English Conditional Sentences, If Clause Type 1, Conditional type 1
TYPE 1: TRUE IN THE PRESENT OR FUTURE
We express events with type 1 (if clause) at the moment or in the future when a certain condition is met. Tenses that can be used as a basis are simple present (do / does) in the conditional sentence and simple future (will) in the basic sentence.
- If it doesn’t rain next week, we will go on a beach.
If the action in the condition statement belongs to the future tense, simple present tense is used instead of future tense. We can give the meaning of future time to the sentence by using ‘future tense’ in the basic sentence.
Perhaps she will get her salary tomorrow. Then she’ll pay back what she owes me.
- If she gets her salary tomorrow, she will pay back what she owes me.
- If you do not win scholarship, your father will be very sad.
- If I have enough strawberries, I will bake a strawberry cake for you.
- If it doesn’t rain tomorrow, We will go on a picnic.
- If I go out, I can get something with me to eat.
Structures that we can use in the basic sentence;
1- Will (will be doing, will have done, will have been doing)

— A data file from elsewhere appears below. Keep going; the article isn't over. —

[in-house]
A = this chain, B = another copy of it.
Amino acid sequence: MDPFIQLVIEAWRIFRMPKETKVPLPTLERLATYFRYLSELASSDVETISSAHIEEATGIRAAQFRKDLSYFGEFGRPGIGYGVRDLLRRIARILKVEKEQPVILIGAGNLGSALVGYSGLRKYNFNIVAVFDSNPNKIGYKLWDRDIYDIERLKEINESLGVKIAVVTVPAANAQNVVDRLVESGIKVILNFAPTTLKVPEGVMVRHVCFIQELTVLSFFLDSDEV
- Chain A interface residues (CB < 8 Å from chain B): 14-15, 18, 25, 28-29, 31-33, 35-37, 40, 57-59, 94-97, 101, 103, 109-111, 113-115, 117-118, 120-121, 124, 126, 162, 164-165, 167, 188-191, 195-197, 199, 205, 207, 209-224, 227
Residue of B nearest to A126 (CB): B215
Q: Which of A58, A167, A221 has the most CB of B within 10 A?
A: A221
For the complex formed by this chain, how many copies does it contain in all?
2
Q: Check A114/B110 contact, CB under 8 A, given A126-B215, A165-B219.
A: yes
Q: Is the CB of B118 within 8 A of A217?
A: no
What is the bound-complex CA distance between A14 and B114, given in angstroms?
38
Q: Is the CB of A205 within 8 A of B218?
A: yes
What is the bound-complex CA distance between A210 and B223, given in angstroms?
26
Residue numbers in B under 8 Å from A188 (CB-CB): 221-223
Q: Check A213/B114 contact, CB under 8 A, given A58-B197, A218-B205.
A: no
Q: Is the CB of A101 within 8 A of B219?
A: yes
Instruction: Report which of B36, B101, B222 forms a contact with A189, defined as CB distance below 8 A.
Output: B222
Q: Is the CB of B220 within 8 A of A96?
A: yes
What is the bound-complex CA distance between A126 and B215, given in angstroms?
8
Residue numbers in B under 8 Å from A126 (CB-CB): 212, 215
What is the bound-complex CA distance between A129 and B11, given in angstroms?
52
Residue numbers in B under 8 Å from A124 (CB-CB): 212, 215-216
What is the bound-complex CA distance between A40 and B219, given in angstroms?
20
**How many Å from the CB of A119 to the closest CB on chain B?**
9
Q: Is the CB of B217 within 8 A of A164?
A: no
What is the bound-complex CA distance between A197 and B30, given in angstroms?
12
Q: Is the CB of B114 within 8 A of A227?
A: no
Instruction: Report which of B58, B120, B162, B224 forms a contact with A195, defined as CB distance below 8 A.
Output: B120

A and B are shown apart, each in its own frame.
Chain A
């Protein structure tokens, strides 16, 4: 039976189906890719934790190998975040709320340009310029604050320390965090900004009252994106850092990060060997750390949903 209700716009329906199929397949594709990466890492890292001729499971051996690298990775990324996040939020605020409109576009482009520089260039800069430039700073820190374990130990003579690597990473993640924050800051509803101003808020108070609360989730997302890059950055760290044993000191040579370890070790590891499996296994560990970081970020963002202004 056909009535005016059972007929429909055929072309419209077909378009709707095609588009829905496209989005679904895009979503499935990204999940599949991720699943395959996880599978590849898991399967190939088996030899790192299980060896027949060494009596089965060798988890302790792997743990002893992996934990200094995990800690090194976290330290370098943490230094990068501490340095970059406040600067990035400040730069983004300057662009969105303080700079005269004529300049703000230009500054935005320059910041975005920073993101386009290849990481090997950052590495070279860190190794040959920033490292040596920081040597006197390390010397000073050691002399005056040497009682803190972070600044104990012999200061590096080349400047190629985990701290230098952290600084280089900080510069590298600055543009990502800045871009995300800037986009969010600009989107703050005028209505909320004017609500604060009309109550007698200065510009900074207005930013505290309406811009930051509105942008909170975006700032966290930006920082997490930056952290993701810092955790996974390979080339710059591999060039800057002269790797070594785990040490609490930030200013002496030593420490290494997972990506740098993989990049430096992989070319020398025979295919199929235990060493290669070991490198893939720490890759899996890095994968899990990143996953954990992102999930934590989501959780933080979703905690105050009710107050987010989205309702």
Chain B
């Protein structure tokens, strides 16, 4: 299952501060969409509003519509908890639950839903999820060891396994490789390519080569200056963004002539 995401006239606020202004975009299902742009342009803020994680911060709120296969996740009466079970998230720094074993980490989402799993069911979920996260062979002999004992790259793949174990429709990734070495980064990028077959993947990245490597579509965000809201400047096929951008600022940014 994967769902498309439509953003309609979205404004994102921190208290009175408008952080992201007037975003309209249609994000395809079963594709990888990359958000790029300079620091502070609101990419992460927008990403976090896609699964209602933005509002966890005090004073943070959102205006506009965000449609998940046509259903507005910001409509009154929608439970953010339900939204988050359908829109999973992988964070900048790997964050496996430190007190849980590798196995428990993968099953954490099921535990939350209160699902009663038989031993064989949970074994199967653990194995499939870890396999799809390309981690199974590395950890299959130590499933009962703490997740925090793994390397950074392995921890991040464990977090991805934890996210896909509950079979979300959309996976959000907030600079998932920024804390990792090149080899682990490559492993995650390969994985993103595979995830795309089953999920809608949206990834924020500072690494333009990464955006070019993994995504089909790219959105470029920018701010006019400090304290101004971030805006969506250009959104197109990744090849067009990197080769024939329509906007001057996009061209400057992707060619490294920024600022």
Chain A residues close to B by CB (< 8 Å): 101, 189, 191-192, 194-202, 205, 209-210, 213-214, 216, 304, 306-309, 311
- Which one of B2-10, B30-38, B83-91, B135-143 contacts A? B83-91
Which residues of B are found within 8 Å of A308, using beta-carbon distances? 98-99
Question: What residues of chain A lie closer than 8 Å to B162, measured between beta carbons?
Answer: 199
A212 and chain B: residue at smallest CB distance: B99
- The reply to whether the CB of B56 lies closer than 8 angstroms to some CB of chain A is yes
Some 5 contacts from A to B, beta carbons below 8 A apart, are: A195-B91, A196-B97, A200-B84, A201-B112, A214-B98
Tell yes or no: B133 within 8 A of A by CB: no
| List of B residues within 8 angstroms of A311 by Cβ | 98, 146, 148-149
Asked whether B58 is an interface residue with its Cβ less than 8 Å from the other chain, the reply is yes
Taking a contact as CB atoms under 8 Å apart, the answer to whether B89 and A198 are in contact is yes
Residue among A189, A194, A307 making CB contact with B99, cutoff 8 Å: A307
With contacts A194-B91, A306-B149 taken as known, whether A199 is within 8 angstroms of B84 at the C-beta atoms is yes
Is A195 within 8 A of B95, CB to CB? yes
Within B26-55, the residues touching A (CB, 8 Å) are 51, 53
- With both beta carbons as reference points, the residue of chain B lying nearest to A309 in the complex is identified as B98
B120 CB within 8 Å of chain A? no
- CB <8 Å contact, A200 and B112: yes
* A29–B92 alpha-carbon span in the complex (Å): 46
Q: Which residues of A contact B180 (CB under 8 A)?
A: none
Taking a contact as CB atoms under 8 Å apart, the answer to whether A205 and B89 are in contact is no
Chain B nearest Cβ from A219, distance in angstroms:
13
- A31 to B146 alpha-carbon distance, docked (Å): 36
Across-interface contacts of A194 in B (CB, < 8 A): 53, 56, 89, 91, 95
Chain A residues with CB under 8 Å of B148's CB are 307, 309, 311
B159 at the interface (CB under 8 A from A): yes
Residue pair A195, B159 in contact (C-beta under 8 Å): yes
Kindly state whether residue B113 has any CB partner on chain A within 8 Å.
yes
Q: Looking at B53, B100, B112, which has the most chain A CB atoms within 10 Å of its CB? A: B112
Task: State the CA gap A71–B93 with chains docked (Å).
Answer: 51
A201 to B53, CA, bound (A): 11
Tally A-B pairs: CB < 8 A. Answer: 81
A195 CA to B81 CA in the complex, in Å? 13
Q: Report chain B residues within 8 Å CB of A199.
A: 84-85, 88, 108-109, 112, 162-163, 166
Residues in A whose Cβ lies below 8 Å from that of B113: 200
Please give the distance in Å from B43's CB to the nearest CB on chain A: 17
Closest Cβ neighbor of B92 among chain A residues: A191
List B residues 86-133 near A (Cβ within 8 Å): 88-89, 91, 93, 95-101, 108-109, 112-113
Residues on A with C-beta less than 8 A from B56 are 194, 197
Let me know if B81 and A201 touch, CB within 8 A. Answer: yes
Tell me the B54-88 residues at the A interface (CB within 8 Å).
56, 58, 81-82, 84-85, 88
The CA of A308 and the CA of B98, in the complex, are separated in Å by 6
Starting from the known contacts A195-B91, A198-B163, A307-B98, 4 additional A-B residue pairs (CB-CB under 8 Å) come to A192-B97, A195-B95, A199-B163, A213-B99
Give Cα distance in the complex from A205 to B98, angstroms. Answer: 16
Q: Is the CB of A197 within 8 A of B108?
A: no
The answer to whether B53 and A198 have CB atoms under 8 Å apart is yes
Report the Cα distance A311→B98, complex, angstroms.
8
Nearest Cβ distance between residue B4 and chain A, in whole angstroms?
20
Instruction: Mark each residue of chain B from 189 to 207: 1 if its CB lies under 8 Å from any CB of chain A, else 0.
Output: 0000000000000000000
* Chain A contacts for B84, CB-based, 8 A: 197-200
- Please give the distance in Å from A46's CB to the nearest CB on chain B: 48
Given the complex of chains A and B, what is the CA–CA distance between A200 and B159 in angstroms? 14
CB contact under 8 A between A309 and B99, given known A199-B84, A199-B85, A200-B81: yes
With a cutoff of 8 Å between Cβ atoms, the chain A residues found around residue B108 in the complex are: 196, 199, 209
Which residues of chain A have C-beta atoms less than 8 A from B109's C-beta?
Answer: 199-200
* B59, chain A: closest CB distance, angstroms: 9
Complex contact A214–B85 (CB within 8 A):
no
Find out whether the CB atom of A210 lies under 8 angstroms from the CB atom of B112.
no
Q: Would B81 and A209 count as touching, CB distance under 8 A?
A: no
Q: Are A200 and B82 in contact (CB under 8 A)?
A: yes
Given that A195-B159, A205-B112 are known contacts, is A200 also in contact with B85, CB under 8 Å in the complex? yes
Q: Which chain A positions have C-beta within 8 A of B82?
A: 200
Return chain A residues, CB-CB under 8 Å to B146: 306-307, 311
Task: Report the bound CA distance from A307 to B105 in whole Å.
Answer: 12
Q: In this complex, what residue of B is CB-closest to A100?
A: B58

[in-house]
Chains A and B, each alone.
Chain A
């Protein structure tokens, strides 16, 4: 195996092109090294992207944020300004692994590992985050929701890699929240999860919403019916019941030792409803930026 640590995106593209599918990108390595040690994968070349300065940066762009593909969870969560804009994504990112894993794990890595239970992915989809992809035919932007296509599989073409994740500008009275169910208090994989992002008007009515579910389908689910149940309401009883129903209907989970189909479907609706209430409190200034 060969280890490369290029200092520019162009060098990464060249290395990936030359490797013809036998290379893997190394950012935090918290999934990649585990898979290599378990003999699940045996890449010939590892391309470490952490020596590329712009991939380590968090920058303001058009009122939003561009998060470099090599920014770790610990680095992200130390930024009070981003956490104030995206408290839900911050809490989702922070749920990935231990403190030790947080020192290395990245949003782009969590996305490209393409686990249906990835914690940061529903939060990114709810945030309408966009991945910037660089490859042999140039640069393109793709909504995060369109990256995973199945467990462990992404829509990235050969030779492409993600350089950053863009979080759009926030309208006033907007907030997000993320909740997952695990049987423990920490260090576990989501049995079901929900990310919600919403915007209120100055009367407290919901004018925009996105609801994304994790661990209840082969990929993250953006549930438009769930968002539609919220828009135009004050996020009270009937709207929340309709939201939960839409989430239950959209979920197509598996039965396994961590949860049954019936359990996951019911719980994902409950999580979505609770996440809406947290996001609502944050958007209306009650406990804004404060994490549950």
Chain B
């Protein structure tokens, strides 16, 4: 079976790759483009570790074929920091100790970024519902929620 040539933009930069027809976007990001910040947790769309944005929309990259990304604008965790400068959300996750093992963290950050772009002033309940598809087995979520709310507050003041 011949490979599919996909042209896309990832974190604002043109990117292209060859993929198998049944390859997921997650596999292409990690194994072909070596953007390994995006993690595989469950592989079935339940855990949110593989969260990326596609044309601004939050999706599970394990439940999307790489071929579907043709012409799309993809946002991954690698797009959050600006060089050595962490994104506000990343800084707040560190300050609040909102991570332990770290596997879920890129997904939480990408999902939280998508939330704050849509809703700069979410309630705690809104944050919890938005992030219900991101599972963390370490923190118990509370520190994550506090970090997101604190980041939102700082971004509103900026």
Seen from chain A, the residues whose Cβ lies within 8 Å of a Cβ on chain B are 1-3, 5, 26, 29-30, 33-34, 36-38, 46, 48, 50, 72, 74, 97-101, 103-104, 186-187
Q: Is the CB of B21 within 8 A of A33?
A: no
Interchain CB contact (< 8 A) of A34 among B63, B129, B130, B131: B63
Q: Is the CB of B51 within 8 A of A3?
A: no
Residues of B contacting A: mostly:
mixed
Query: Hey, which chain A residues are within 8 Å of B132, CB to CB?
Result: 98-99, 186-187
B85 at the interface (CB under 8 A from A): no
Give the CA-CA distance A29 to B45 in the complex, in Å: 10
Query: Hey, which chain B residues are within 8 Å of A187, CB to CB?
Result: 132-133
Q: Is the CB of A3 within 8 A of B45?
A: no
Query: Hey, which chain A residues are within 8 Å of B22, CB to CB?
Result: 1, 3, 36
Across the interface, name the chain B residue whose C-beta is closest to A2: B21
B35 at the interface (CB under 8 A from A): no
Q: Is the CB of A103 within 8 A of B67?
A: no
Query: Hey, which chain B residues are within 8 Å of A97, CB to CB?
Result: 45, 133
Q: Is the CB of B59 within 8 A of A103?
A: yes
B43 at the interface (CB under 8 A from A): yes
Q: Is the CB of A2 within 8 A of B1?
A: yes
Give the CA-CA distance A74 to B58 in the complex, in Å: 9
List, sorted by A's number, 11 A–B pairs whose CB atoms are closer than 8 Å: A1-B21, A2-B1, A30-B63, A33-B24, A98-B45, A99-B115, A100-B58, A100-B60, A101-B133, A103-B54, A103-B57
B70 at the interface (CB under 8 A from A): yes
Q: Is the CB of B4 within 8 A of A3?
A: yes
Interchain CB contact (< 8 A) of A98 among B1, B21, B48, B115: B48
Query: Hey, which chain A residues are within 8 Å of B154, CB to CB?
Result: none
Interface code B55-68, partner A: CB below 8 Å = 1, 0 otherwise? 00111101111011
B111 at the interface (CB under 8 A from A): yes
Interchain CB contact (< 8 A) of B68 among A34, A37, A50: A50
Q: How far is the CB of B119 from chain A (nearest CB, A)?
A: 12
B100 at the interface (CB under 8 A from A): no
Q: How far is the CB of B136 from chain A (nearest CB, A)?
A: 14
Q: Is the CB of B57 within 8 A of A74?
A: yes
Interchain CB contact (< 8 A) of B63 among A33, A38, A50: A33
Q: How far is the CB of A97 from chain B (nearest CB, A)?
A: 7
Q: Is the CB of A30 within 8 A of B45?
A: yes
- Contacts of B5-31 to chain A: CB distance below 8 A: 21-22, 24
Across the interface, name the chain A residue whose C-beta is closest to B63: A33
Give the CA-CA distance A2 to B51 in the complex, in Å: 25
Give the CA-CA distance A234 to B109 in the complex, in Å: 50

- She has been working for us for exactly nine years now, and if everything goes alright, she will have been working here for fifteen years by the time she retires.
2- May/might/could (possibility)
- If the rain continues like this, we may/might/could cancel the garden party at the weekend.
3- Must/ have to/ have got to (necessity) – should/ ought to/ had better(advisability) – request/ advice
- If you don’t want to be late for the beginning of the film, you have to/must/have got to leave at once.
- If you don’t want to put on weight, don’t eat burger so much.
4- The Simple Present Tense
The use of this tense in the basic sentence is not very common. When a certain condition is met, we can use it if we are talking about our habits and natural phenomena.
- If someone shouts at me when I don’t deserve it, I get angry.
Structures that can be used in conditional sentence;
Simple present tense is most commonly used in the condition statement.
1- Can (permission/ability)
- If you can leave work earlier, shall we meet up?
2-Have to (necessity)
- He has an exam this evening, so he may have to prepare for it now.
The use of the word ‘should’ in the condition statement emphasizes that the probability is slightly less.
Note; If we refer to an ongoing action during the conversation, we can use present continuous tense in the condition statement.